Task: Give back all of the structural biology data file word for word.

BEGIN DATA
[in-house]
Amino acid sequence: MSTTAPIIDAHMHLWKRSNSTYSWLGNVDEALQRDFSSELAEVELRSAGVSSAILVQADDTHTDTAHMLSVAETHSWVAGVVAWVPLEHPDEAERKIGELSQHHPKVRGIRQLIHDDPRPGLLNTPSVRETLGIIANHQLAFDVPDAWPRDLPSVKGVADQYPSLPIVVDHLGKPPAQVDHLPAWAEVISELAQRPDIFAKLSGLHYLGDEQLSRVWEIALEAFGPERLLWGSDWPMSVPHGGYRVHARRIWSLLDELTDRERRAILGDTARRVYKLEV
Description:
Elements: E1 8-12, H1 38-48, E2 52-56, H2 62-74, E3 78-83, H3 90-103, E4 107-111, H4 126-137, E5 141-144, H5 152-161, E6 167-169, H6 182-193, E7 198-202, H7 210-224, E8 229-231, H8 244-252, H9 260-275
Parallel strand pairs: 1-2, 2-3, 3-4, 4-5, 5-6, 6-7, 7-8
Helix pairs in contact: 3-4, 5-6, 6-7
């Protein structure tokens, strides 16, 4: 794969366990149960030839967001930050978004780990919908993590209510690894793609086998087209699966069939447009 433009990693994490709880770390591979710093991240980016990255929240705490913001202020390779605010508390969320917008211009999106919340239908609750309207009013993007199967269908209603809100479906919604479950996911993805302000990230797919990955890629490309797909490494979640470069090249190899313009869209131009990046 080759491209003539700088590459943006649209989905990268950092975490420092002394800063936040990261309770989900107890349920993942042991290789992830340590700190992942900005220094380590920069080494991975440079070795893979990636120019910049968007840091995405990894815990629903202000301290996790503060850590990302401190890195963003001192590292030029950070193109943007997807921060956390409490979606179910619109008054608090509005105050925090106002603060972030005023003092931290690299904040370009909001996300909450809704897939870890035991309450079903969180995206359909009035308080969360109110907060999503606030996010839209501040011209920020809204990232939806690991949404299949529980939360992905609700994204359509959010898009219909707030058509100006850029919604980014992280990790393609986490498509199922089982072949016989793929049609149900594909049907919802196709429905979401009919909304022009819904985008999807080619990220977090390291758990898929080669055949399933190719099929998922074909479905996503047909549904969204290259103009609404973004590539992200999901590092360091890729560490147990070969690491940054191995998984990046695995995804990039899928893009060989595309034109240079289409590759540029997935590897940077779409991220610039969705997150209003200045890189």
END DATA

[in-house]
Amino acid sequence: MSTTAPIIDAHMHLWKRSNSTYSWLGNVDEALQRDFSSELAEVELRSAGVSSAILVQADDTHTDTAHMLSVAETHSWVAGVVAWVPLEHPDEAERKIGELSQHHPKVRGIRQLIHDDPRPGLLNTPSVRETLGIIANHQLAFDVPDAWPRDLPSVKGVADQYPSLPIVVDHLGKPPAQVDHLPAWAEVISELAQRPDIFAKLSGLHYLGDEQLSRVWEIALEAFGPERLLWGSDWPMSVPHGGYRVHARRIWSLLDELTDRERRAILGDTARRVYKLEV
Description:
Elements: E1 8-12, H1 38-48, E2 52-56, H2 62-74, E3 78-83, H3 90-103, E4 107-111, H4 126-137, E5 141-144, H5 152-161, E6 167-169, H6 182-193, E7 198-202, H7 210-224, E8 229-231, H8 244-252, H9 260-275
Parallel strand pairs: 1-2, 2-3, 3-4, 4-5, 5-6, 6-7, 7-8
Helix pairs in contact: 3-4, 5-6, 6-7
């Protein structure tokens, strides 16, 4: 794969366990149960030839967001930050978004780990919908993590209510690894793609086998087209699966069939447009 433009990693994490709880770390591979710093991240980016990255929240705490913001202020390779605010508390969320917008211009999106919340239908609750309207009013993007199967269908209603809100479906919604479950996911993805302000990230797919990955890629490309797909490494979640470069090249190899313009869209131009990046 080759491209003539700088590459943006649209989905990268950092975490420092002394800063936040990261309770989900107890349920993942042991290789992830340590700190992942900005220094380590920069080494991975440079070795893979990636120019910049968007840091995405990894815990629903202000301290996790503060850590990302401190890195963003001192590292030029950070193109943007997807921060956390409490979606179910619109008054608090509005105050925090106002603060972030005023003092931290690299904040370009909001996300909450809704897939870890035991309450079903969180995206359909009035308080969360109110907060999503606030996010839209501040011209920020809204990232939806690991949404299949529980939360992905609700994204359509959010898009219909707030058509100006850029919604980014992280990790393609986490498509199922089982072949016989793929049609149900594909049907919802196709429905979401009919909304022009819904985008999807080619990220977090390291758990898929080669055949399933190719099929998922074909479905996503047909549904969204290259103009609404973004590539992200999901590092360091890729560490147990070969690491940054191995998984990046695995995804990039899928893009060989595309034109240079289409590759540029997935590897940077779409991220610039969705997150209003200045890189």